How to Measure Distance on a Treadmill

Treadmills estimate the distance that you travel based on the machine's speed and workout time.

Treadmills estimate the distance that you travel based on the machine's speed and workout time.

Most treadmills include automatic distance tracking features that measure distance with about 95-percent accuracy. If you suspect that your treadmill doesn't give you accurate distance info, or if it is too old to give you any distance info at all, then you can either use external distance measuring devices or old-fashioned mathematics to keep track of how much virtual ground you've covered.

Activate your treadmill's distance counting feature to automatically keep track of pavement pounded. Properly functioning modern treadmills are universally capable of displaying how far you run, so if you use a newer machine and can't figure out how to activate this feature, consult your owner's manual or ask your gym's staff for help.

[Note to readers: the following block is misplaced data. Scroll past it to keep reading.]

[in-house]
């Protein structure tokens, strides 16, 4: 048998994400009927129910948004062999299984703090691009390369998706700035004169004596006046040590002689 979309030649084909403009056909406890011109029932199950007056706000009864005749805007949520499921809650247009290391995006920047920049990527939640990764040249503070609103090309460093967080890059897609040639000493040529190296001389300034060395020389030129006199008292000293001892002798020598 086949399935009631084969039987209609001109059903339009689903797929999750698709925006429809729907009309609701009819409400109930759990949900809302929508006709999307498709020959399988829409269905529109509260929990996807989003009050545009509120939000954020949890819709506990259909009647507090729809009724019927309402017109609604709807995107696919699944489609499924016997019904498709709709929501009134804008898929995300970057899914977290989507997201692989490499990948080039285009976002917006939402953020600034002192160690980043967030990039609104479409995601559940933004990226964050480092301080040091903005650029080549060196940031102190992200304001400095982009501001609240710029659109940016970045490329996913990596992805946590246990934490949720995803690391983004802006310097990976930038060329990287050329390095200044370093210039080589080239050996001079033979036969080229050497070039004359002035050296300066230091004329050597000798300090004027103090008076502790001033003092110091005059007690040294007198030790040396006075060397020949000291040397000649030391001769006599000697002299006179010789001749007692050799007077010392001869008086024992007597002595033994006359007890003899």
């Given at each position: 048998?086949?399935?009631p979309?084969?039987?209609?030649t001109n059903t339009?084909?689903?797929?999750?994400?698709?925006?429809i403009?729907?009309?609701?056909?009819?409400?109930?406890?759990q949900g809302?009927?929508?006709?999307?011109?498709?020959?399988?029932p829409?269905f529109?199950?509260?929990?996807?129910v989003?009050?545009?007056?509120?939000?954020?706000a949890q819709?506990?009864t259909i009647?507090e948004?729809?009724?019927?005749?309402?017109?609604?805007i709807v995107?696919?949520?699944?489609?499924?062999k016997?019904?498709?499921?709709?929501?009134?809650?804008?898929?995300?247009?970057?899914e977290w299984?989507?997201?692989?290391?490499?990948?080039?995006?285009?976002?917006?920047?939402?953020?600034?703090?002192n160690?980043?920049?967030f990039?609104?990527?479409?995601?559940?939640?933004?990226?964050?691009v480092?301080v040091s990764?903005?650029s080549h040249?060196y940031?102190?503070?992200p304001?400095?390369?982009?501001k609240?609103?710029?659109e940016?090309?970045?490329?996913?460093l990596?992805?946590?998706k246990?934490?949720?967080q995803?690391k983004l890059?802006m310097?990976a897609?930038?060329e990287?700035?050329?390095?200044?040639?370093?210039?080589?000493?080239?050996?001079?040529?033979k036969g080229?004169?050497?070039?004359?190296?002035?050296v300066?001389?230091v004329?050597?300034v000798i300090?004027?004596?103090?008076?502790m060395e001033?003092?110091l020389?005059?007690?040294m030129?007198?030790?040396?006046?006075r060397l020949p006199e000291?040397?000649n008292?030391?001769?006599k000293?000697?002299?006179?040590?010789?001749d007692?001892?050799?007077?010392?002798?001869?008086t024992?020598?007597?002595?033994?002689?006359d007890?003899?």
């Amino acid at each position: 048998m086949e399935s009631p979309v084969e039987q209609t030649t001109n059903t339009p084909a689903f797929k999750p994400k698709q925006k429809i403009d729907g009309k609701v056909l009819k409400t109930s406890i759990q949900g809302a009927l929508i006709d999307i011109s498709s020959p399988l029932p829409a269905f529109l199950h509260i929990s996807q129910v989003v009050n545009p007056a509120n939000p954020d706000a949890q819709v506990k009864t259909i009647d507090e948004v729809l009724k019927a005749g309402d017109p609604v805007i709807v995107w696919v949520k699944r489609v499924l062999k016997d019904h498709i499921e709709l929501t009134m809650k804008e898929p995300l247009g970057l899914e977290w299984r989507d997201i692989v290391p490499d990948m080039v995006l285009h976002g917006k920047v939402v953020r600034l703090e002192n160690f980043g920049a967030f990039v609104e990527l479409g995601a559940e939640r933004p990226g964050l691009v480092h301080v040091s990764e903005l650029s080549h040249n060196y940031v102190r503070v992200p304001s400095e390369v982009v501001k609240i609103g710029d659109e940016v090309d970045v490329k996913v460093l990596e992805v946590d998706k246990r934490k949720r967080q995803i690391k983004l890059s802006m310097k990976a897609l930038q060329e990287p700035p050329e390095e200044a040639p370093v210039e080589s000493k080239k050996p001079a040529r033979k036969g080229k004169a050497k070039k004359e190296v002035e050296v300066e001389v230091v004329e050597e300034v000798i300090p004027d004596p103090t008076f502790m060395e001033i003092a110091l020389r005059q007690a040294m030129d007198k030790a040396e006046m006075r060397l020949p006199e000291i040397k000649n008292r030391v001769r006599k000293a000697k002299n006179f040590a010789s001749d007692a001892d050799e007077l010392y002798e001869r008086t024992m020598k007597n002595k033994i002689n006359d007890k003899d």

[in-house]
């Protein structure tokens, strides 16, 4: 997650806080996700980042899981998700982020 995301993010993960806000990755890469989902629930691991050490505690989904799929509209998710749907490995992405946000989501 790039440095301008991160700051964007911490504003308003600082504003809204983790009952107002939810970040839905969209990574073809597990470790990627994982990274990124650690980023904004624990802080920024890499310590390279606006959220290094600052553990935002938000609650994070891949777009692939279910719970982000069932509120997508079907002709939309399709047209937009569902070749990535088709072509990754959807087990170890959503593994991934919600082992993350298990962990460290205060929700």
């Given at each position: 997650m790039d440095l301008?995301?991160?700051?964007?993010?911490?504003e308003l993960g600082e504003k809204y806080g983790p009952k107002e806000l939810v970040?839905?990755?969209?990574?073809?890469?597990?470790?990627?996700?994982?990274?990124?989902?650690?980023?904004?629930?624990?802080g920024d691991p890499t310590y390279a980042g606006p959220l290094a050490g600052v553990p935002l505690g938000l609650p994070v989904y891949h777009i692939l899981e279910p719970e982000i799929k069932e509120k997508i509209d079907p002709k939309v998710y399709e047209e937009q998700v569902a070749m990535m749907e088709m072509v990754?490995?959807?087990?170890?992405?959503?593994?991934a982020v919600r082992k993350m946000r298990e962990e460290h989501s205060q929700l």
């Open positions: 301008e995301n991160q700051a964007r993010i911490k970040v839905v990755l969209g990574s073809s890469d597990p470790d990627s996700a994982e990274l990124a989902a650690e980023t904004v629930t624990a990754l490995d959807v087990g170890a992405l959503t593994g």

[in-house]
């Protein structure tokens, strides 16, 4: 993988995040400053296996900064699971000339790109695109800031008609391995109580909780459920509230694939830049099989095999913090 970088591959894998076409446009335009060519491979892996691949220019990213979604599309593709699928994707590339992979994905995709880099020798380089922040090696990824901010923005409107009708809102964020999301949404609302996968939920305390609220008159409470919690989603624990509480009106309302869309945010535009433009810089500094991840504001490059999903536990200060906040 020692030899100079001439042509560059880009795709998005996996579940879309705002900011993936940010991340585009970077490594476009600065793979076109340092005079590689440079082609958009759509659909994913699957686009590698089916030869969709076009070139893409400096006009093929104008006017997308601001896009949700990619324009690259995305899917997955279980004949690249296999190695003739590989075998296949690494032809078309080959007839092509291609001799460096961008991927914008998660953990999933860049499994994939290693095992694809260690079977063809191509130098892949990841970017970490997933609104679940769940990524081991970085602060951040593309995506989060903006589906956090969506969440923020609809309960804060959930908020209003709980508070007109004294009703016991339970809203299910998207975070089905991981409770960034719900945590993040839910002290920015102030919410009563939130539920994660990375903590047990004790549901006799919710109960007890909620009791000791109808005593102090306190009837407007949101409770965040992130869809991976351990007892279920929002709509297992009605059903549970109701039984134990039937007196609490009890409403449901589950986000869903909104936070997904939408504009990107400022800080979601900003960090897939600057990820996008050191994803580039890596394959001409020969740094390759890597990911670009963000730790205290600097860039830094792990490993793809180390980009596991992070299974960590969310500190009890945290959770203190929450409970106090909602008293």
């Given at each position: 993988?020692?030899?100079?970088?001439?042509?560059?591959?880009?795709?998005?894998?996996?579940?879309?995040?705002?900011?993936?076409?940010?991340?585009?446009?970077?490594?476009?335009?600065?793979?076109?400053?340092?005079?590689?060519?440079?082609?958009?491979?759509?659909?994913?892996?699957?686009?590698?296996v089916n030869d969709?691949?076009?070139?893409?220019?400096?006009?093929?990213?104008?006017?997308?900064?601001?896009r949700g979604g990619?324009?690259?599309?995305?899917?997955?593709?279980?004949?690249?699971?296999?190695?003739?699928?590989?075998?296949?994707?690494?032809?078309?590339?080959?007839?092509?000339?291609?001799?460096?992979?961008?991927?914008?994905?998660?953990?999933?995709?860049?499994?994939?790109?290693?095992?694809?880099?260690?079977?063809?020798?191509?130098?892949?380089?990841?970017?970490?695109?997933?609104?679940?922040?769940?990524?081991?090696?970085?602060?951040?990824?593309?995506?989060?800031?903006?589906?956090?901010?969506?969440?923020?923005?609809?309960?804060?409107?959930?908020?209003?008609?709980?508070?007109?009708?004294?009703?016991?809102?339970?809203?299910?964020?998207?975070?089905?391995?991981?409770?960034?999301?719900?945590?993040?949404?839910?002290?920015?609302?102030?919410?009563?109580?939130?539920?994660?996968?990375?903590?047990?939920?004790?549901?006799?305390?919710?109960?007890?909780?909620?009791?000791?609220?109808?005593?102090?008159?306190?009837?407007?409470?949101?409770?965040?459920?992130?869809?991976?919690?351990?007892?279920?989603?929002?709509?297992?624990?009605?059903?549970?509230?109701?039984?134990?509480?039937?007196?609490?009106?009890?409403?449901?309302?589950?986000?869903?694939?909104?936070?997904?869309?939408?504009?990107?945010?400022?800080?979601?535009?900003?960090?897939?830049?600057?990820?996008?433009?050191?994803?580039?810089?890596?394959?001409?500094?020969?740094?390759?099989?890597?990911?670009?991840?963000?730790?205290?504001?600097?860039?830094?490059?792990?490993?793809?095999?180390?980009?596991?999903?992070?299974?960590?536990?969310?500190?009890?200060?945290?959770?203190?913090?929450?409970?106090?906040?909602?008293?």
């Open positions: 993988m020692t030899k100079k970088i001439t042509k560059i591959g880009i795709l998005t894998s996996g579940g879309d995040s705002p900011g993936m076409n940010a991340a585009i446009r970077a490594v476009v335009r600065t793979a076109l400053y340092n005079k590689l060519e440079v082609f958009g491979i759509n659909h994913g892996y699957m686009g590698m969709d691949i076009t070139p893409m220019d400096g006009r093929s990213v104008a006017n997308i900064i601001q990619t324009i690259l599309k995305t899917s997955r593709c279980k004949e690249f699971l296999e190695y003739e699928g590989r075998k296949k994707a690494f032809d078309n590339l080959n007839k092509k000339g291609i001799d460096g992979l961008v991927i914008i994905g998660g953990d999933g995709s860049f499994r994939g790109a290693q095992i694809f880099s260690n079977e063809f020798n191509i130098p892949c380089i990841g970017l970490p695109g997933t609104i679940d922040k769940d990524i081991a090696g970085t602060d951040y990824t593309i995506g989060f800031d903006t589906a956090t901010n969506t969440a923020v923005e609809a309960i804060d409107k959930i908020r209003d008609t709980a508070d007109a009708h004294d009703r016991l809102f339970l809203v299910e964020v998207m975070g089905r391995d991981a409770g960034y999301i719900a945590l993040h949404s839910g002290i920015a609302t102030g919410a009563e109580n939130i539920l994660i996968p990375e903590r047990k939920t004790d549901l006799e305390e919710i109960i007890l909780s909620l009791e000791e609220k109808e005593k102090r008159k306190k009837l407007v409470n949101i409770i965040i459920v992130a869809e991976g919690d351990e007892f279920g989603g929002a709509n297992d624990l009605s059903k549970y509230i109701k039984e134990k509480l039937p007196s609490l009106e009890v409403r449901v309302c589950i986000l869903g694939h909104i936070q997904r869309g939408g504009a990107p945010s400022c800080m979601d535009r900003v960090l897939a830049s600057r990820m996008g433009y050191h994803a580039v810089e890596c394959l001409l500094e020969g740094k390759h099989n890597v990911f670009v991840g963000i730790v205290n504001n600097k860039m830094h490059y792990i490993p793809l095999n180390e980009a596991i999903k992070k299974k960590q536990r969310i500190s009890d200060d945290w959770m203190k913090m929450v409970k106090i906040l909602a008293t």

Calculate how far you run by timing your workout and comparing it to the pace you set. A treadmill's speed settings typically range in pace from six- to 12-minute miles. Divide the number of minutes that you ran by the per-mile speed to calculate the total distance that you ran. For instance, if you use the treadmill for 60 minutes at a rate of 12 minutes per mile, divide 60 by 12 for a distance of 5 miles.

Wear an external tracking device while running on the treadmill to automatically monitor distance if your treadmill is older or doesn't provide accurate speed or distance information. Pedometers are simple devices that attach to your waist or ankle and measure the number of strides that you take. Most pedometers can be calibrated to calculate distance by multiplying your average stride length by the number of strides you take. If you want a more accurate measurement and are willing to shell out more money, you may prefer a running speedometer that measures distance and speed directly using a chip that fits inside your running shoe.

Items you will need

  • Watch
  • Pedometer or other distance measurement device
 

About the Author

Dan Howard is a sports and fitness aficionado who holds a master's degree in psychology. Howard's postgraduate research on the brain and learning has appeared in several academic books and peer-reviewed psychology journals.

Photo Credits

  • Jupiterimages/Goodshoot/Getty Images